Friday, December 22, 2006

A dog's life

Chrissy was a former Death Row inmate, whose sentence was commuted to house arrest, when we brought her home from the Animal Shelter. Still, she felt the Call of the Wild, and lived in absolute certainty that beyond the friendly confines of the fences of our backyard, there were kitties and squirrels running amok, and other puppies wanting to play. So, Chrissy sought every way she could to see more of the Outside. When a misplaced winter boot knocked off a chunk in the side gate, leaving just enough room for a black nose and two black eyes, ever after the puppy Chrissy used that spy hole to peer out at the Town.

The house where we lived was old and odd. At one time in its history it had been rented out as two apartments, upstairs and down. In the back, there was a rickety wooden staircase leading up to the small deck by the upstairs door. The kitchen and downstairs bathroom were a single story, attached to the back of the house, next to the stairs. From the deck atop the stairs, the puppy learned she could slide through the rails and step on to the shingled roof of the kitchen.

"What's that?" asked my wife, standing at the bathroom sink. She heard a noise on the roof above her, and looked up to see the puppy's tail swishing above her. The dog had walked over the crest of the kitchen roof, so she could peer around the corner to see the World, and now she could also look through the sky-light down into our bathroom. We ran out to the backyard to rescue the puppy. Terry, the next door neighbor, hollered out, "Hey, Steve, you've got a dog on your roof."

From then on, we had to block the stairs, so the puppy could not go all the way to the top. So long as we lived there, the dog lounged on the stairs. When she grew too old and wide to fit through the rails, she liked to sleep under the stairs, on the cool bricks, peering out at trespassers in the alley behind the house -- the kitties and squirrels and sometimes dogs and people. If they trespassed too long, Chrissy would run up the length of the yard to bark at them through the wire fence. As for the squirrels and the kitties who dared to set foot inside the fence, the puppy chased after them, hoping to sink her teeth into their swishy-swishy tails.

As Chrissy became old, we moved from the old house with the rickety stairs to a new place, in a neighborhood with many dogs, and bunnies and squirrels, and little girls who called out, "Hey, can we pet Chrissy?" There was an exciting boy-dog across the street. Chrissy won every staring contest with the curious young cows who caught her eye in the field behind us.

But in the years at the new house, our walks got shorter and shorter. At first, she could walk to the other end of the street, then just to the stop sign, then just two doors down, then one door, then to the mailbox, then not at all. To the end, she took in a breeze like some people take in a concert, with her head back, eyes blinking, enjoying the the full range of the symphony of scents. Her last day was Wednesday, a sunny day, the hardest day.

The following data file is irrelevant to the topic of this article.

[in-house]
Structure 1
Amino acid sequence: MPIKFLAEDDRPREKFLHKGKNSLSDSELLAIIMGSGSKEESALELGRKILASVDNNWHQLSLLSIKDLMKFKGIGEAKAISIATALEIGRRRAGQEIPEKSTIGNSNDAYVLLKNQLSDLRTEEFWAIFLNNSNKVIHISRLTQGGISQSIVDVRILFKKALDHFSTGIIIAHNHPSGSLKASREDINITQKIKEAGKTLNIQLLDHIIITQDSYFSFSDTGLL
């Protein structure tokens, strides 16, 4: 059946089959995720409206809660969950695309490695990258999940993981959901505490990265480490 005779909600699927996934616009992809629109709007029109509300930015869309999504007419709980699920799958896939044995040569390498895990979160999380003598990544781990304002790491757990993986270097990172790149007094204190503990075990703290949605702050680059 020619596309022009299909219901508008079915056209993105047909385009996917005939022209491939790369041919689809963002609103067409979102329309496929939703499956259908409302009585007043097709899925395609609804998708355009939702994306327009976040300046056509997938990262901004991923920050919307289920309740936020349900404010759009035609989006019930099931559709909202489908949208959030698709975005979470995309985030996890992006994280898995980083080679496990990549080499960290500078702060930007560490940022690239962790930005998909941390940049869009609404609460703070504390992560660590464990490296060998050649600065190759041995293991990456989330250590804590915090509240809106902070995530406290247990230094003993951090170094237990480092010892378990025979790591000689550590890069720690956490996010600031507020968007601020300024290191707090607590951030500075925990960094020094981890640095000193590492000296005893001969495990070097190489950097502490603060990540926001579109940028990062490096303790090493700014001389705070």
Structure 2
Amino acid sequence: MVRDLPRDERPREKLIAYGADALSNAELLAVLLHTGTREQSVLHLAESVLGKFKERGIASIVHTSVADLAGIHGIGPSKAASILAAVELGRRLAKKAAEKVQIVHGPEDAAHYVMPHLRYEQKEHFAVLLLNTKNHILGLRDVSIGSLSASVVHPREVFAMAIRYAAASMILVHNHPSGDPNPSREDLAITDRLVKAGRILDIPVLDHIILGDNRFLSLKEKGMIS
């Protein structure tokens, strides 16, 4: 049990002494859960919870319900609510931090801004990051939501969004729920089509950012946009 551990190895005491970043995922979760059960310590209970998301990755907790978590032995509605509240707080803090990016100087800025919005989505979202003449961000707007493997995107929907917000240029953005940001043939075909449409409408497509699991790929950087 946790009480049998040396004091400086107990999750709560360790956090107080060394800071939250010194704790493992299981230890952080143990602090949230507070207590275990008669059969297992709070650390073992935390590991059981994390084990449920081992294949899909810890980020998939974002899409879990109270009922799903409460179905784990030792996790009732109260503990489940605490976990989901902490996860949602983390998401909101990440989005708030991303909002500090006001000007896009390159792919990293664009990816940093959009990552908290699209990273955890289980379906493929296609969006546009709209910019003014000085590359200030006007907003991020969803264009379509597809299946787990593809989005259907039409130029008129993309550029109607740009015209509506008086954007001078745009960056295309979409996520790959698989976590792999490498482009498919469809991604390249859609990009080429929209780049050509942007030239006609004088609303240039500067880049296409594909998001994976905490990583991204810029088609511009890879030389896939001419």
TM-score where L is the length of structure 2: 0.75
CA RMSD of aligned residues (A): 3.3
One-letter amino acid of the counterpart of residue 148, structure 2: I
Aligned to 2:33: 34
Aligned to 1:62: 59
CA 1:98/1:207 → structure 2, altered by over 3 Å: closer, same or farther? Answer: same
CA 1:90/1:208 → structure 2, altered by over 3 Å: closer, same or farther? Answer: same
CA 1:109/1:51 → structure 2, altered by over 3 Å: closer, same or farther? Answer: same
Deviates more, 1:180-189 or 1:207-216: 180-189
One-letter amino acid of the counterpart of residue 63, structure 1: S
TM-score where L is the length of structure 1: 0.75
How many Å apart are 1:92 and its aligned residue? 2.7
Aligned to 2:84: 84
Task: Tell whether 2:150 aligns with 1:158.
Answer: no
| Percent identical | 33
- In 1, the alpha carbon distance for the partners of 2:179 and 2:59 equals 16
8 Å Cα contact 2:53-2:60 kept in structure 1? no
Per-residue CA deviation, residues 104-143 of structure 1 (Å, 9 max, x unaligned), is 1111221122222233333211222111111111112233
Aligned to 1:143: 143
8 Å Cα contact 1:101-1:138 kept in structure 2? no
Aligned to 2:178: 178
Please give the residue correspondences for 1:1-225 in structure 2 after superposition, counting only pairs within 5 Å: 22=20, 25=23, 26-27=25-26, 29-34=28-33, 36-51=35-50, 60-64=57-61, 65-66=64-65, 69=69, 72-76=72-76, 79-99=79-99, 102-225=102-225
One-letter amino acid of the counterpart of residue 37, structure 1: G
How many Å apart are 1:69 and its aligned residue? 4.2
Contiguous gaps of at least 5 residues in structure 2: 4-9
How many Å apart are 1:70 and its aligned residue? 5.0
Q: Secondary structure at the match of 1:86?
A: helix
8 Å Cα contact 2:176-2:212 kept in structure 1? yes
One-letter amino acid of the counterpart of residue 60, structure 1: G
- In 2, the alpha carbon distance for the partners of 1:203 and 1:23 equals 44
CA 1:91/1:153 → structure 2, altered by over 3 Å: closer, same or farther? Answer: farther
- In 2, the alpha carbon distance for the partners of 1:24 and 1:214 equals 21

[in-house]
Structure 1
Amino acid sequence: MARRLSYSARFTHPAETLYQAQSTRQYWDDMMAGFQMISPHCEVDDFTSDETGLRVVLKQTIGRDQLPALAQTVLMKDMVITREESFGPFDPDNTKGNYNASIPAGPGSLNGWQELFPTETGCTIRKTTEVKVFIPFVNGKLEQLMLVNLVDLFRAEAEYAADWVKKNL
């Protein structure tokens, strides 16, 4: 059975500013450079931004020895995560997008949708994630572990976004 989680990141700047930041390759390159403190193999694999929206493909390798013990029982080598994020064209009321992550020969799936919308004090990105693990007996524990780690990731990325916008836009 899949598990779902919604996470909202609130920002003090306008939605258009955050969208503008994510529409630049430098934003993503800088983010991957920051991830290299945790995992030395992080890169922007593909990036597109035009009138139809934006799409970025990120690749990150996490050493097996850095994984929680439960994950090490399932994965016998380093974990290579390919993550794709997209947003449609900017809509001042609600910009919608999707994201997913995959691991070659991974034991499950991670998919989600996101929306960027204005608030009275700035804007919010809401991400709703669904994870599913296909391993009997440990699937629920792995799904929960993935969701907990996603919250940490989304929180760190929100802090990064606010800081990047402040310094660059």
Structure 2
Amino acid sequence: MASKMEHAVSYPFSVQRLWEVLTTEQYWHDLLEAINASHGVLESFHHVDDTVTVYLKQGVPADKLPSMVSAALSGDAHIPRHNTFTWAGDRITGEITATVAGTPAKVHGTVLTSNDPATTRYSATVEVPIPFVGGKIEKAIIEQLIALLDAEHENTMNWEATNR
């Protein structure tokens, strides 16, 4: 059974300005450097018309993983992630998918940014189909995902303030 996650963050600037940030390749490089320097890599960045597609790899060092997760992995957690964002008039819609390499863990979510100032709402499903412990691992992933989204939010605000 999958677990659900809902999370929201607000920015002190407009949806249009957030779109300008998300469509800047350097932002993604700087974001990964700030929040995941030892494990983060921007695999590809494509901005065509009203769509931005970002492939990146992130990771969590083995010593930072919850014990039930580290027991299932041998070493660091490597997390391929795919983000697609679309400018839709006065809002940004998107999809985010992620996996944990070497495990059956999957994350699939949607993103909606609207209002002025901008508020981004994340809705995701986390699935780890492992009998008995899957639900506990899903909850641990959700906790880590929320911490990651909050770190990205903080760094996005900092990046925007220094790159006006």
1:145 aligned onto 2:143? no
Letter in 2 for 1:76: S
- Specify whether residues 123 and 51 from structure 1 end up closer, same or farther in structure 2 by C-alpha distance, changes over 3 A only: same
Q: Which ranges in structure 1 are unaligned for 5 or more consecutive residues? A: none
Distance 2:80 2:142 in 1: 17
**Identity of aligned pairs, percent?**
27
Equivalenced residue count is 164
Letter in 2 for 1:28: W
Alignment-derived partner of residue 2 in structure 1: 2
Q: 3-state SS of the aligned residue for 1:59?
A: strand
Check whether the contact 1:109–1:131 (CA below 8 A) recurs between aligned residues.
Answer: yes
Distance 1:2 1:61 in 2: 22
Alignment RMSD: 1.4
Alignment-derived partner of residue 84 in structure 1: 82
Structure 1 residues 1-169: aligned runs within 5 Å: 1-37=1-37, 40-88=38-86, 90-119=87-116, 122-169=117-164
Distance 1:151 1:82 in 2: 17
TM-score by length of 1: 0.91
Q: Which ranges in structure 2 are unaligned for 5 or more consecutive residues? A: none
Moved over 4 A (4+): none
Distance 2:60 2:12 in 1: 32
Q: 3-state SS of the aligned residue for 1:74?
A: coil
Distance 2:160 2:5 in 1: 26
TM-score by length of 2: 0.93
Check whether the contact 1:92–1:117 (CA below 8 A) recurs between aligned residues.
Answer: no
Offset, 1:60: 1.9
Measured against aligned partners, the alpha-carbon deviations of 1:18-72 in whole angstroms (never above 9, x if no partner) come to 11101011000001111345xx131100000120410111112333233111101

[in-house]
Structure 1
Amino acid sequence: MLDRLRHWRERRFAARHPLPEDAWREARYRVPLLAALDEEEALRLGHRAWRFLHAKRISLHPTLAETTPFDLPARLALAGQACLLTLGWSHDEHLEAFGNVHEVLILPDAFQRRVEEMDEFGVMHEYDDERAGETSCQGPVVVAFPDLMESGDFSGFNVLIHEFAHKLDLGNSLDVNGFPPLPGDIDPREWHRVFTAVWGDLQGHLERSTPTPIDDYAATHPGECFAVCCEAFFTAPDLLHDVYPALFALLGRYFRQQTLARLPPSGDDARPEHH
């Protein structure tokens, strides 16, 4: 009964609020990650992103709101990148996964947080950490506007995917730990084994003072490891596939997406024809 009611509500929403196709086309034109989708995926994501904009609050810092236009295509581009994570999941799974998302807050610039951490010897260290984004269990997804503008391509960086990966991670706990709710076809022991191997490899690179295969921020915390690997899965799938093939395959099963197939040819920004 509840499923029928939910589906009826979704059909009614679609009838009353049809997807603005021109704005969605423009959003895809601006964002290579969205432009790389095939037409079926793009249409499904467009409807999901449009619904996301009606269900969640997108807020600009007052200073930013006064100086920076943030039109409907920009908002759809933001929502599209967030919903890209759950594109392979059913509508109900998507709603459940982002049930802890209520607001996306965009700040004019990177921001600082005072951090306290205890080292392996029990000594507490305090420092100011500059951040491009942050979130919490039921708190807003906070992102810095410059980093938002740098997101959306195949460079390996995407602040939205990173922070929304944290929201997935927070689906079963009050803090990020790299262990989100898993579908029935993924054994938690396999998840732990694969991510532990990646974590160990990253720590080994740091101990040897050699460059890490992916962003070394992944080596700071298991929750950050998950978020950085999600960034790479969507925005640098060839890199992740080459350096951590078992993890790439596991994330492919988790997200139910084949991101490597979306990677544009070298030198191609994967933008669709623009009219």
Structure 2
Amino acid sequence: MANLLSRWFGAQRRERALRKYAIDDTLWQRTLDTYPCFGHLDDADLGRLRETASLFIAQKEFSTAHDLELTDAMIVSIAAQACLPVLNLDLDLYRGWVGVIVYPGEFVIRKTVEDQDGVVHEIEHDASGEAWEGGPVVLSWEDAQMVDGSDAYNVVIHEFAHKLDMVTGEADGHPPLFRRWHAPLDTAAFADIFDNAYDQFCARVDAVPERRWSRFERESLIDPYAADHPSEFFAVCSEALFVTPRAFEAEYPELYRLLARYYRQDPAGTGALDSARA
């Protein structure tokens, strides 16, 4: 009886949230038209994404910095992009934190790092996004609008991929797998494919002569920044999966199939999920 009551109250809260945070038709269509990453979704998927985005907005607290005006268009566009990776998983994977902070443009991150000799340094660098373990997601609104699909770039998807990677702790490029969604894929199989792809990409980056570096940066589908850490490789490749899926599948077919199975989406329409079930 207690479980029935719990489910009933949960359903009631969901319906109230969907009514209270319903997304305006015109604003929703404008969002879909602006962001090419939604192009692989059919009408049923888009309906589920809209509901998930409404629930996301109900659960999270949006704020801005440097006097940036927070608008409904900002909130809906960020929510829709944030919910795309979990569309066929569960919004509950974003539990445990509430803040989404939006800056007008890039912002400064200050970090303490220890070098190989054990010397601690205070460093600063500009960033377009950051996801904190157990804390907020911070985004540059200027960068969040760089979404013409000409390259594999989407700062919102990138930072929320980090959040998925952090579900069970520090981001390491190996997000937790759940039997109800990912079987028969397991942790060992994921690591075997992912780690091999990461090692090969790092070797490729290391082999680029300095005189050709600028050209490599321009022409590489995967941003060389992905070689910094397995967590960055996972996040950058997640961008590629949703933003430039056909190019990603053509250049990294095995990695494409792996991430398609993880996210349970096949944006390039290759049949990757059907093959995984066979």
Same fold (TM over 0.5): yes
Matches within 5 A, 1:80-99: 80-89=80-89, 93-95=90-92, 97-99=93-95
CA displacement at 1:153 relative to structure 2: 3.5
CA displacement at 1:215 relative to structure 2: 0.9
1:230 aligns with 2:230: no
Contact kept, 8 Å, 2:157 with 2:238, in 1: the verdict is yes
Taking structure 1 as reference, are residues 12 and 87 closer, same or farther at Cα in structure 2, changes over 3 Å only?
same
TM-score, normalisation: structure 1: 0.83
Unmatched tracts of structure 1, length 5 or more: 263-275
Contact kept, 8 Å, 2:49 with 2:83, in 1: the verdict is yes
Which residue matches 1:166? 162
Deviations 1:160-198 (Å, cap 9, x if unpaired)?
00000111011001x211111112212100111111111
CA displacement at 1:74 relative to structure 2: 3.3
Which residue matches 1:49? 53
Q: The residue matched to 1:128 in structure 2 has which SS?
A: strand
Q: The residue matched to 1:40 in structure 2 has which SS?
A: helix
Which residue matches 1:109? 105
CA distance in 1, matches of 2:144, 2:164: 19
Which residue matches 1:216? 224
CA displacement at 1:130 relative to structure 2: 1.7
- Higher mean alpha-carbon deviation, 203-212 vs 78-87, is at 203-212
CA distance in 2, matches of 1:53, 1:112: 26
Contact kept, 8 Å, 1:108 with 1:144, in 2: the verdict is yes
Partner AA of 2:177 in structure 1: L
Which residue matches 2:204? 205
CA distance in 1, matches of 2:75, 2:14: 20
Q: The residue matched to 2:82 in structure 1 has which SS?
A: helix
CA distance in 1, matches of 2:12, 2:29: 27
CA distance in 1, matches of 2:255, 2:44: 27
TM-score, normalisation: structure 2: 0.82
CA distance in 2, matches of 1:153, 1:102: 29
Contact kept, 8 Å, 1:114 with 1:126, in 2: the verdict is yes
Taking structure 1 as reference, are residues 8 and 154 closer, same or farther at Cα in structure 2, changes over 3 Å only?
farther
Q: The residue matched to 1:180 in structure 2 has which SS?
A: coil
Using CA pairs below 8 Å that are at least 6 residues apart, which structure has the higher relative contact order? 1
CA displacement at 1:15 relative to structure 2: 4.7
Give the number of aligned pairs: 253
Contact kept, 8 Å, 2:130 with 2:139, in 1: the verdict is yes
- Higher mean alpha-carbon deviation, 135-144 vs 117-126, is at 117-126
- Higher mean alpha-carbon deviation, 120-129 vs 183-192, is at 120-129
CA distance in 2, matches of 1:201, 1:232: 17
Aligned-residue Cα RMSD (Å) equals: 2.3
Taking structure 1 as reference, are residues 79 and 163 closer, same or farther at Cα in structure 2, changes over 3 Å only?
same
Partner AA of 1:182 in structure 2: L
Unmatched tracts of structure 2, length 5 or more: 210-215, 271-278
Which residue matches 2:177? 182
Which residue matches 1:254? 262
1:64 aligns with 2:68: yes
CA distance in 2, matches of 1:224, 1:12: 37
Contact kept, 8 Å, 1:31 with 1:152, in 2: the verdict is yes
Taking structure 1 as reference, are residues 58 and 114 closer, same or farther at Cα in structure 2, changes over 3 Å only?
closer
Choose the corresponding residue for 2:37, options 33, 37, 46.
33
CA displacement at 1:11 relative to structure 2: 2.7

Monday, December 18, 2006

Jimmy Stewart and his old dog

With the end near for our dog, I am reminded of Jimmy Stewart's poem about his dog, which is more compelling when you watch this clip from the Tonight Show.

Waiting for Hillary

The Washington Post has this article about how the so-called balance of power on the Fourth Circuit may change if the Bush administration continues to fiddle with the increasing number of vacancies.

One quote from the article: "Imagine the people Hillary Clinton would appoint to the 4th Circuit."

That's what I did here. I note that Ms. Tate is tight with the Senator Webb camp, that's one way to become a federal judge.

There's a typo in that earlier post, I wrote Nadine "Strosser," when I meant Nadine Strossen. "Strasser" was the name of the evil Nazi major shot by Bogart at the airport in the final scene of Casablanca. I apologize for this error.

Sunday, December 17, 2006

New dean at ASL

It says here that the Board of Trustees of the Appalachian School of Law have selected Professor Wes Shinn as the new dean.

Professor Shinn at one time was part of the Stone Pigman firm in New Orleans. (I always look people up on Westlaw.) Stone Pigman is, among other things, the liaison counsel for Merck in Louisiana where the Vioxx MDL proceedings are ongoing.

Dairy diet litigation gets booted from E.D. Va.

The Washington Post reported here on the dismissal of litigation against the dairy industry for promotion of the "dairy diet." The article says in part:

"But a federal judge has ruled that under Virginia law, Holmes and other people can't take on the industry in court -- only a government entity such as the Virginia attorney general's office can. The decision last week by U.S. District Judge Leonie M. Brinkema in Alexandria threw out the lawsuit Holmes filed last year.

In her ruling last Thursday, Brinkema said Virginia consumer protection law allows people to seek monetary damages but not a broad injunction regulating an industry. She did not address the science of the debate, writing that such federal agencies as the Food and Drug Administration and the Federal Trade Commission are better equipped to do so.

In the lawsuit, filed in Alexandria Circuit Court and moved to federal court, the physicians committee accused the dairy industry of promoting the weight-loss notion through a "massive, deceptive advertising campaign." The committee says overwhelming scientific evidence shows that dairy products cause weight gain or have no effect. The only studies showing otherwise, the committee contends, are industry-funded.

Holmes is the sole plaintiff in the lawsuit, filed against such companies as General Mills Inc. and the Dannon Co. Inc. and three dairy industry trade groups. In addition to damages for Holmes, the suit seeks an order halting the dairy industry campaign."